Monday 18th April 2011
MP3 track of the day: Indie Rock and Roll – The Killers
Weather: Perfect; not too hot and not too cold. A deep blue sky appeared with fluffy white clouds … great for photos.
I sat up within my bed ... just for a moment. Out of the six beds, within my dorm, only another one was occupied. Even though it was 7:30am the hostel was quieter than normal. As I looked around reception I cast my mind back twenty-four hours; the anticipation, the thrill, the excitement which was shared with my new mates. The Colombians may been late but it had been an excellent weekend. Today felt like a massive anti-climax; I wondered how anything could beat the excitement of watching Lewis Hamilton drive around the final corner. How could anything beat the waving of the British flags, the cheers from the British supporters and the exit of the Chinese Ferrari fans? I sighted, realising that the best way to deal with an anti-climax is to keep busy, and that's exactly what I did.
First things first I had jobs to do. I headed to the post office to, probably, post my final parcel home. It consisted of a book about the Vietnam War, my Hong Kong photo book, my Shanghai F1 programme and my South East Asian guidebook (How many hours had I spent flicking through that book?). It cost nine pounds, to sent my parcel home, which I thought was very good value even if it would take two months to arrive. I then had breakfast before heading to the local supermarket. As I went up the escalator, to the food department, I realised that I didn't need much; I had plenty of water, the hostel sold instant noodle meals and so all I needed was a large bottle of coke, some chocolate and some biscuits as a dessert. It wasn't until I had paid for said items that I realised the packed of chocolate biscuits had cost me £3.60. Call it early morning syndrome, call it having trouble working out the currency exchange … call it what you will but I knew that I wouldn't be purchasing biscuits any more.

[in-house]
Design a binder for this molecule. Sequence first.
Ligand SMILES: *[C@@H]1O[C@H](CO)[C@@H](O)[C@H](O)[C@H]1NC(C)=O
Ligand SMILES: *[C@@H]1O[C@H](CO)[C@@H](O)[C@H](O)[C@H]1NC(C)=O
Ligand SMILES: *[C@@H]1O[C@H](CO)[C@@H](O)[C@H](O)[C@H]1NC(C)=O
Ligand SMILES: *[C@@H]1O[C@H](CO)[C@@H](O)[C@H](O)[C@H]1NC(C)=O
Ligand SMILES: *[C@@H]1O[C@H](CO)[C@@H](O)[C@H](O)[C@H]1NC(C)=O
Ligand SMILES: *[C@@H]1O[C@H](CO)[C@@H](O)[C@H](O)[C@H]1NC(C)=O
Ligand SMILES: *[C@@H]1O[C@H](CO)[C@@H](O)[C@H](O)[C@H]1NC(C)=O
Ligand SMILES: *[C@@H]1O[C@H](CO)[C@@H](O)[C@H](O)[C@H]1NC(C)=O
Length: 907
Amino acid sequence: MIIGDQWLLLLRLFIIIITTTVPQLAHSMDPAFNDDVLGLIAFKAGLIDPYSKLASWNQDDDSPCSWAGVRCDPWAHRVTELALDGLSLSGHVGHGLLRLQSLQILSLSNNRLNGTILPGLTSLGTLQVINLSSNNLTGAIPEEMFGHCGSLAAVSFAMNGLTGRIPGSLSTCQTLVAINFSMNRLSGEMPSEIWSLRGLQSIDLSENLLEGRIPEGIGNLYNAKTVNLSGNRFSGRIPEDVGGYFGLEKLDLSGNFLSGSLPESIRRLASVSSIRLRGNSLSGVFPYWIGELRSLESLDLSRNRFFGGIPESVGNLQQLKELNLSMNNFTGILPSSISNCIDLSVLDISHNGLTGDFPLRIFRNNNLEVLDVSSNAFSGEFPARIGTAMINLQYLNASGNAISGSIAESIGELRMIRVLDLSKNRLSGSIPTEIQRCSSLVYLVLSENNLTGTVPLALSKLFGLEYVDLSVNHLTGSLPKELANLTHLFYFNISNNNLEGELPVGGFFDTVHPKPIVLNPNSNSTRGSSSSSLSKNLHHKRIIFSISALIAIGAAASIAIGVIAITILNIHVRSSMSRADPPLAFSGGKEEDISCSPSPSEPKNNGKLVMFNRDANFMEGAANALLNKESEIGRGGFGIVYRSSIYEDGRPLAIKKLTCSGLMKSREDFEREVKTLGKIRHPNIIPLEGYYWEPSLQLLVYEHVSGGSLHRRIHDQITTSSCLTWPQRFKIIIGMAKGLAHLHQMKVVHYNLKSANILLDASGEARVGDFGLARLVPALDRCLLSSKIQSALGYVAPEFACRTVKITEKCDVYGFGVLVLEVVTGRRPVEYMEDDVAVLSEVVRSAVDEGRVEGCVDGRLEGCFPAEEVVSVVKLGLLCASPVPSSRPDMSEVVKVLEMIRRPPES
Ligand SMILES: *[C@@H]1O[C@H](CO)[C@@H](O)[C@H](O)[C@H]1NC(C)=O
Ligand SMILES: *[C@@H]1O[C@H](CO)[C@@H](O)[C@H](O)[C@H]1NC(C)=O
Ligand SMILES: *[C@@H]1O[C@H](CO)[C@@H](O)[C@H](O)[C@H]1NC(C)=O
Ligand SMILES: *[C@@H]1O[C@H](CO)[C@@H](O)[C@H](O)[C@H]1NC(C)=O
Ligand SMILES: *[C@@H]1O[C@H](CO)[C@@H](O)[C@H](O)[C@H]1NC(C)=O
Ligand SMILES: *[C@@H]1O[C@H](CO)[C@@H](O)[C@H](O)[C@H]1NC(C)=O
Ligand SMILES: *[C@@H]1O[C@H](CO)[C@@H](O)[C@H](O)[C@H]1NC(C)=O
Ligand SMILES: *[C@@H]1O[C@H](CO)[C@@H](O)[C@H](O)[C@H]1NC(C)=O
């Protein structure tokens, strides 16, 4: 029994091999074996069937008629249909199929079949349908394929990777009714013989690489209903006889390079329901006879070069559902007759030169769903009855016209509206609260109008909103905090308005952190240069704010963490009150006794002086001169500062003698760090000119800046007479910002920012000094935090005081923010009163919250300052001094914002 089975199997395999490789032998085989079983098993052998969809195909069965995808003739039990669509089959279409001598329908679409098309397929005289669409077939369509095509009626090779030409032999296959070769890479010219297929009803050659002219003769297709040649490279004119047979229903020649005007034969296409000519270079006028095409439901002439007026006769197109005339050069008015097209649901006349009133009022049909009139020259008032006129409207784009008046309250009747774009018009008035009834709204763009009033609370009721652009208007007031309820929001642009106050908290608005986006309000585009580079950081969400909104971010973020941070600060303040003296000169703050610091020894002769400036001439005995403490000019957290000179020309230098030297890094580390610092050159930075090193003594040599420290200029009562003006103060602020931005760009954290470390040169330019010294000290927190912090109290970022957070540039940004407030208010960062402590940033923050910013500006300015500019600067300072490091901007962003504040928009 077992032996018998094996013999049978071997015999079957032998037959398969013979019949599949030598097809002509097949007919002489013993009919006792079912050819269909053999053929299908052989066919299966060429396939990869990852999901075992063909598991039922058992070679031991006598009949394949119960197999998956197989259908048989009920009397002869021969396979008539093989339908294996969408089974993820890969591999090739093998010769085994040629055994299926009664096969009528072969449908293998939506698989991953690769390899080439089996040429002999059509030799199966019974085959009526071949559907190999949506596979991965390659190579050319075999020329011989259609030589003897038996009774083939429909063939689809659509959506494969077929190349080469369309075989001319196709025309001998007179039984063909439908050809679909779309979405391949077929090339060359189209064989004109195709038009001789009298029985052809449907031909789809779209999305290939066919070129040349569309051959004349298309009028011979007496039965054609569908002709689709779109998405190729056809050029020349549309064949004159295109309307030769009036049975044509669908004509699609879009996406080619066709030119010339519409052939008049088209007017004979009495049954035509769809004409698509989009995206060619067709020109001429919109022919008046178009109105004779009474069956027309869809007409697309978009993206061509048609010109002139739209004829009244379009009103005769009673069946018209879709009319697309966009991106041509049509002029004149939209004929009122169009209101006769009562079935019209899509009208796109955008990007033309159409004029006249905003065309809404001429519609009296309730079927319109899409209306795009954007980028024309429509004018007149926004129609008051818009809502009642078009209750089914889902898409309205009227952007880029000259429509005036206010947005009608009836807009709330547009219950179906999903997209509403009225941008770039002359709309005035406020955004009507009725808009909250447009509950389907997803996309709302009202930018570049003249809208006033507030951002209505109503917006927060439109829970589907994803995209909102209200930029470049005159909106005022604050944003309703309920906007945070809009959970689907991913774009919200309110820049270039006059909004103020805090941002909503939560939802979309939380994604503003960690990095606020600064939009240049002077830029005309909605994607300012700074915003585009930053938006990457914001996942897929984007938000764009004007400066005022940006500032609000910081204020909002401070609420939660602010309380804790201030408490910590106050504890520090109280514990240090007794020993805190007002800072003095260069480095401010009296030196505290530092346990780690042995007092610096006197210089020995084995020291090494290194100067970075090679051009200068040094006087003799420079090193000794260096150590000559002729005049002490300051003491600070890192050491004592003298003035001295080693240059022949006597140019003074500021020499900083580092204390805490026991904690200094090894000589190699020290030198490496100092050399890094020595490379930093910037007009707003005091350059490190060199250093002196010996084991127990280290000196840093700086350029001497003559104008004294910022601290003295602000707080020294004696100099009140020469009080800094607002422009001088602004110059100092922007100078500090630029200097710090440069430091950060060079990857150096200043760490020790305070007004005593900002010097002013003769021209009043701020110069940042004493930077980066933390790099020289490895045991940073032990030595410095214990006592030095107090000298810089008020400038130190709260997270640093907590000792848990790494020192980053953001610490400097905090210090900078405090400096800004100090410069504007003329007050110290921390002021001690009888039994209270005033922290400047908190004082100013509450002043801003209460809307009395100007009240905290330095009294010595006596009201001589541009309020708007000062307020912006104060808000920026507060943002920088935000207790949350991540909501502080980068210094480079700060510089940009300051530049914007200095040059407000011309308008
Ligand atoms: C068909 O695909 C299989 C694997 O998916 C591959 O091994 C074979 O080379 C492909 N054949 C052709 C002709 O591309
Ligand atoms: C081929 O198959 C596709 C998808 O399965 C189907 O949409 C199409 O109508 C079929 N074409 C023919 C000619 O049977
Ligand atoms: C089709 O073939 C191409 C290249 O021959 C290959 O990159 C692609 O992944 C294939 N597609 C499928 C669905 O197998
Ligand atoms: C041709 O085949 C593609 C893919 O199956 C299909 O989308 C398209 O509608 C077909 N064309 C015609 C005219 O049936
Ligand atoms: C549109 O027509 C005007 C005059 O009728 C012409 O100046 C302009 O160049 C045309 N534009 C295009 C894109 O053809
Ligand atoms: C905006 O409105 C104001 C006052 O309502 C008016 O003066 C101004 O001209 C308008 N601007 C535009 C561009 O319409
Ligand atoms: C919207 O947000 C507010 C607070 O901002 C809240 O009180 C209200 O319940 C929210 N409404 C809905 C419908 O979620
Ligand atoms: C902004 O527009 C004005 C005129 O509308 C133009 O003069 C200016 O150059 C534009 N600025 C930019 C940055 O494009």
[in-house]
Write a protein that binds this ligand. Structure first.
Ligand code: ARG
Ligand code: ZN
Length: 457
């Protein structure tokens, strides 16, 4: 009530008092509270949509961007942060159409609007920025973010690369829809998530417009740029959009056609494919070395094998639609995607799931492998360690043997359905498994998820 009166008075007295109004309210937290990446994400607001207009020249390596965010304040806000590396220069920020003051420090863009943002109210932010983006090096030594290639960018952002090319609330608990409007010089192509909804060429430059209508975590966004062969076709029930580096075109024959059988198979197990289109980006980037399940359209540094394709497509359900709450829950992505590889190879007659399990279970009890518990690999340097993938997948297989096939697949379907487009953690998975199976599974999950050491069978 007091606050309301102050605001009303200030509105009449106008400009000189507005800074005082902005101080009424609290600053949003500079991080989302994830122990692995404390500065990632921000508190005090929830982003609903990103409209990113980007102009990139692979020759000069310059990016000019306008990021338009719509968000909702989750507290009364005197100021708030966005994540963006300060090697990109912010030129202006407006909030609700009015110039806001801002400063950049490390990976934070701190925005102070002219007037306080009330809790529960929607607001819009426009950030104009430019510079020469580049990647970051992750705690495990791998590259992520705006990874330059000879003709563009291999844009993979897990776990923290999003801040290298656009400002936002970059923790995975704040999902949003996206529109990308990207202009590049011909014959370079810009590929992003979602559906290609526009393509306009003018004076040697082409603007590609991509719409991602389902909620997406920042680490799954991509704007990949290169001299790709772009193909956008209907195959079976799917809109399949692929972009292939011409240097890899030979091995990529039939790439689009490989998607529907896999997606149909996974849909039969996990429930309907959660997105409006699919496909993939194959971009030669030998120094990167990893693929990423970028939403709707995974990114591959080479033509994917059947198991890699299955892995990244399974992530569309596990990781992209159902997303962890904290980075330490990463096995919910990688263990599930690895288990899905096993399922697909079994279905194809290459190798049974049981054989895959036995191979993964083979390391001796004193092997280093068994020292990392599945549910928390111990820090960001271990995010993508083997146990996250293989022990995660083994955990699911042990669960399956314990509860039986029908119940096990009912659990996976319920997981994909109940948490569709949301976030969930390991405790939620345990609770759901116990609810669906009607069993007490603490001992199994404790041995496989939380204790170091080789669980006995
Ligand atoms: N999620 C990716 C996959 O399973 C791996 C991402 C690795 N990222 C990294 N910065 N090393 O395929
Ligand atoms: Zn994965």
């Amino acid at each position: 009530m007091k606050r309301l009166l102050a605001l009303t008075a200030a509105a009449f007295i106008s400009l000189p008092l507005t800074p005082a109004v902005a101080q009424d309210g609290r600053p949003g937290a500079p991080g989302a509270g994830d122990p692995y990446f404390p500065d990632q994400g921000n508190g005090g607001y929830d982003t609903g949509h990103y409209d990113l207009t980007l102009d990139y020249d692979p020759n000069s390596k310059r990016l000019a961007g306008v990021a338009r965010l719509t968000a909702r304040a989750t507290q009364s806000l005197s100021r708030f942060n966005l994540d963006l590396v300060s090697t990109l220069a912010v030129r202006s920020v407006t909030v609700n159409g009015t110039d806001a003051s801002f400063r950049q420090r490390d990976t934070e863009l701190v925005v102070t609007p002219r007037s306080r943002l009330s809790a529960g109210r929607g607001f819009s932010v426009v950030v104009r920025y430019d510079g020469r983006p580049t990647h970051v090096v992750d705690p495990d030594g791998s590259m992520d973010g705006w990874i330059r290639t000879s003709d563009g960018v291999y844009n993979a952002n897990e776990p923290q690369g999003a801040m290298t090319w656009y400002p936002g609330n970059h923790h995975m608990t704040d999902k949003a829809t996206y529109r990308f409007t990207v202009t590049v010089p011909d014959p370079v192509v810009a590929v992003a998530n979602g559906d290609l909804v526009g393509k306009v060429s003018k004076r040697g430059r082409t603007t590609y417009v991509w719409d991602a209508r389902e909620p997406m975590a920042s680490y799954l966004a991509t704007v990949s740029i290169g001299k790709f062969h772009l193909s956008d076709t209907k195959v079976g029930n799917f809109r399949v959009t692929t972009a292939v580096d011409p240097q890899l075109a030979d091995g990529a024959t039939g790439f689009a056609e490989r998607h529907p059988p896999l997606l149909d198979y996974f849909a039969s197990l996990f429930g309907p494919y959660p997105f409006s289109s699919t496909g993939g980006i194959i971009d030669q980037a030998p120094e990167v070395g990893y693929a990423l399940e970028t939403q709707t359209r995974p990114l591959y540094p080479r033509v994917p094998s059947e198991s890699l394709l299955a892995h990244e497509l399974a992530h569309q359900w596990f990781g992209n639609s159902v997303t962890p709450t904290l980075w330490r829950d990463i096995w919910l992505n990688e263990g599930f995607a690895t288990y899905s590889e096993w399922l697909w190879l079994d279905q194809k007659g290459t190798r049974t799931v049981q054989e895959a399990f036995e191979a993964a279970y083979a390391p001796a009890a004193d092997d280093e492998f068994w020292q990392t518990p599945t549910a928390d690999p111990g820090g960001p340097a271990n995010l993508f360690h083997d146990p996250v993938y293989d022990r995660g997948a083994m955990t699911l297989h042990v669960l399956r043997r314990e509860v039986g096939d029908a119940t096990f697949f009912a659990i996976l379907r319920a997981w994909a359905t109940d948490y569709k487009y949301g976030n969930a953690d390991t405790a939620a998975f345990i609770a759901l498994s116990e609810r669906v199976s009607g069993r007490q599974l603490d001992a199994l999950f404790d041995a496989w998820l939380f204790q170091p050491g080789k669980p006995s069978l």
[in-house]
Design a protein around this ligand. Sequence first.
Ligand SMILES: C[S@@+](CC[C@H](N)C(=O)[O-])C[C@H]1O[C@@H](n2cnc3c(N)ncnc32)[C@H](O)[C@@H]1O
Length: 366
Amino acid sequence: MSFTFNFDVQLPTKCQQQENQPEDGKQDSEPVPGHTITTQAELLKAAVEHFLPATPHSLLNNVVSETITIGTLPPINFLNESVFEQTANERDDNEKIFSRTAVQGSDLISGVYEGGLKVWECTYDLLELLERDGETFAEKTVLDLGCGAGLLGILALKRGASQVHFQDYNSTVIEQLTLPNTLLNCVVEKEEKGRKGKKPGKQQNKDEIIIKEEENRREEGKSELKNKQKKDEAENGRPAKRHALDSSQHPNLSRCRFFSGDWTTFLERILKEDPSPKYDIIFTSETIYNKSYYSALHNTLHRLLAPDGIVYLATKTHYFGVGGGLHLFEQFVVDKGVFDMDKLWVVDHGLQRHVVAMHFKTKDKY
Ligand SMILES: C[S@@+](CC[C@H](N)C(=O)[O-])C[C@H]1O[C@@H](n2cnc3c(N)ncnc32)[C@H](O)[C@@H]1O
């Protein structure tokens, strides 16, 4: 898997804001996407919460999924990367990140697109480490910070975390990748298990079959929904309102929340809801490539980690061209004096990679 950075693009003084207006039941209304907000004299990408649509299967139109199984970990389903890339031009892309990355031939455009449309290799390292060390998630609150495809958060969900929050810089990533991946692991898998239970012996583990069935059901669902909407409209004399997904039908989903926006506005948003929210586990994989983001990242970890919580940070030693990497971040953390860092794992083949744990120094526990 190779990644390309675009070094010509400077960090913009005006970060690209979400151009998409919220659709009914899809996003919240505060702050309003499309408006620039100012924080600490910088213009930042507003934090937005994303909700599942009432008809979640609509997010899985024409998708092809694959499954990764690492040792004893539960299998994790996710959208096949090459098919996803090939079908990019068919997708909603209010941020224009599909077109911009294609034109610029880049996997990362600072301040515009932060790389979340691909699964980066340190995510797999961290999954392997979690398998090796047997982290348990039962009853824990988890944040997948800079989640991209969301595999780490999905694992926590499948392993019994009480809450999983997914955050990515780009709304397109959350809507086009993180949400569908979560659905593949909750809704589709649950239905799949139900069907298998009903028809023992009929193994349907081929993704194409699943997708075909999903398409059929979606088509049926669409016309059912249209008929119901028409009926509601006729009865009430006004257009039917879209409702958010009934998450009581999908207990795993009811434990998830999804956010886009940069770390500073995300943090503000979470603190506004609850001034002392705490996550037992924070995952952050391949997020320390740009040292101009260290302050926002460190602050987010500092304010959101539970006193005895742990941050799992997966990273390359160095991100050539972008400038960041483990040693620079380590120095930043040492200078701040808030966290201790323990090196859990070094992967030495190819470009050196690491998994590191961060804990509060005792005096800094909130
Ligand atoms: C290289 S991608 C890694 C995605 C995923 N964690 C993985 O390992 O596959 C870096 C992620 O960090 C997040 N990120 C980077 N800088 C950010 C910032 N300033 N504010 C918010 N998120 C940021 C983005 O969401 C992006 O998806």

I put my food within the hostel kitchen and headed to the metro station. Part of me wanted to head back along line eleven to the circuit; knowing the F1 had finished I wanted to re-live the only part of the weekend I could. Instead I went one stop on line three before changing to line seven; my target was Shanghai's Expo area. As I sat down on the train I reminisced back to November 2010; I was in my 'HI hostel', within Christchurch, waiting for my flight to Auckland. On TV was a documentary about Shanghai's Expo and it went into great detail about each and every building. I remembered if vividly, every detail. I was reminiscing so much that I almost missed my stop; I exited the metro to be presented with a lovely sunny day and huge amounts of people. In the distance I could see the 'Chinese Pavilion' and, to my left, another building I reckonised from the documentary. I noticed that there didn't seem to be many other buildings, within the complex, and the entry ticket on sale was for the Chinese Pavilion and not the Expo site. I knew the Expo conference had finished last year however I still expected most buildings to be standing. I decided not to join the queues and instead I walked around the perimeter.